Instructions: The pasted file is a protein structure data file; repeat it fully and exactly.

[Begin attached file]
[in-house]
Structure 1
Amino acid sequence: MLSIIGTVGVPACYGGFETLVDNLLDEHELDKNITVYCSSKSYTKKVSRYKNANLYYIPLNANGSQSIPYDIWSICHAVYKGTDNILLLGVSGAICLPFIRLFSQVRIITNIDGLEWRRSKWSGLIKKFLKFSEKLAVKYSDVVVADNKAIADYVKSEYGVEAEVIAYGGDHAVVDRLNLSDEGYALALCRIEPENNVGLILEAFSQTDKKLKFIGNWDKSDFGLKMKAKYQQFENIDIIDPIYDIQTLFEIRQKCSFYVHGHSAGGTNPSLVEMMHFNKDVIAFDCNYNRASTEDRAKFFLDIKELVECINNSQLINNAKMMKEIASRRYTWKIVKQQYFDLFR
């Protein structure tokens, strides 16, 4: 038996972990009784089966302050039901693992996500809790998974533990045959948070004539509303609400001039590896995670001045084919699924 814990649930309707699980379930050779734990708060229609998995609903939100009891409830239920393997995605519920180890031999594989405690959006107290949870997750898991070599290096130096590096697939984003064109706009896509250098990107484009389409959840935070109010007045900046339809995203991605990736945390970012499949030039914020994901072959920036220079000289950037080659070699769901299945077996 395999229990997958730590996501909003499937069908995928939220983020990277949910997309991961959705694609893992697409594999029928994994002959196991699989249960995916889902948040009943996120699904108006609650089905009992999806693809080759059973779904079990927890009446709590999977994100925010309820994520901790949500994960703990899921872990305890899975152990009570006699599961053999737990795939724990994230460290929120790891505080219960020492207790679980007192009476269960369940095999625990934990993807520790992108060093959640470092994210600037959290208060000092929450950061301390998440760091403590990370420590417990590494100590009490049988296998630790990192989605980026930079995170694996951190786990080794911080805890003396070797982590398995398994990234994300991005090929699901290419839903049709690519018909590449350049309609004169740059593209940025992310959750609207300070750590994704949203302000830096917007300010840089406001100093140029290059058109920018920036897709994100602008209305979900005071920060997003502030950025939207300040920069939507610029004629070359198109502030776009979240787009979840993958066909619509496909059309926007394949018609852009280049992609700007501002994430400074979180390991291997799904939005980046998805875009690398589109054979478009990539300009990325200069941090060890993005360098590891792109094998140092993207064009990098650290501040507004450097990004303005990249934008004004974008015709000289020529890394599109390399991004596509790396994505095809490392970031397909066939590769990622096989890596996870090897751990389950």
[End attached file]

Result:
[in-house]
Structure 1
Amino acid sequence: MLSIIGTVGVPACYGGFETLVDNLLDEHELDKNITVYCSSKSYTKKVSRYKNANLYYIPLNANGSQSIPYDIWSICHAVYKGTDNILLLGVSGAICLPFIRLFSQVRIITNIDGLEWRRSKWSGLIKKFLKFSEKLAVKYSDVVVADNKAIADYVKSEYGVEAEVIAYGGDHAVVDRLNLSDEGYALALCRIEPENNVGLILEAFSQTDKKLKFIGNWDKSDFGLKMKAKYQQFENIDIIDPIYDIQTLFEIRQKCSFYVHGHSAGGTNPSLVEMMHFNKDVIAFDCNYNRASTEDRAKFFLDIKELVECINNSQLINNAKMMKEIASRRYTWKIVKQQYFDLFR
């Protein structure tokens, strides 16, 4: 038996972990009784089966302050039901693992996500809790998974533990045959948070004539509303609400001039590896995670001045084919699924 814990649930309707699980379930050779734990708060229609998995609903939100009891409830239920393997995605519920180890031999594989405690959006107290949870997750898991070599290096130096590096697939984003064109706009896509250098990107484009389409959840935070109010007045900046339809995203991605990736945390970012499949030039914020994901072959920036220079000289950037080659070699769901299945077996 395999229990997958730590996501909003499937069908995928939220983020990277949910997309991961959705694609893992697409594999029928994994002959196991699989249960995916889902948040009943996120699904108006609650089905009992999806693809080759059973779904079990927890009446709590999977994100925010309820994520901790949500994960703990899921872990305890899975152990009570006699599961053999737990795939724990994230460290929120790891505080219960020492207790679980007192009476269960369940095999625990934990993807520790992108060093959640470092994210600037959290208060000092929450950061301390998440760091403590990370420590417990590494100590009490049988296998630790990192989605980026930079995170694996951190786990080794911080805890003396070797982590398995398994990234994300991005090929699901290419839903049709690519018909590449350049309609004169740059593209940025992310959750609207300070750590994704949203302000830096917007300010840089406001100093140029290059058109920018920036897709994100602008209305979900005071920060997003502030950025939207300040920069939507610029004629070359198109502030776009979240787009979840993958066909619509496909059309926007394949018609852009280049992609700007501002994430400074979180390991291997799904939005980046998805875009690398589109054979478009990539300009990325200069941090060890993005360098590891792109094998140092993207064009990098650290501040507004450097990004303005990249934008004004974008015709000289020529890394599109390399991004596509790396994505095809490392970031397909066939590769990622096989890596996870090897751990389950």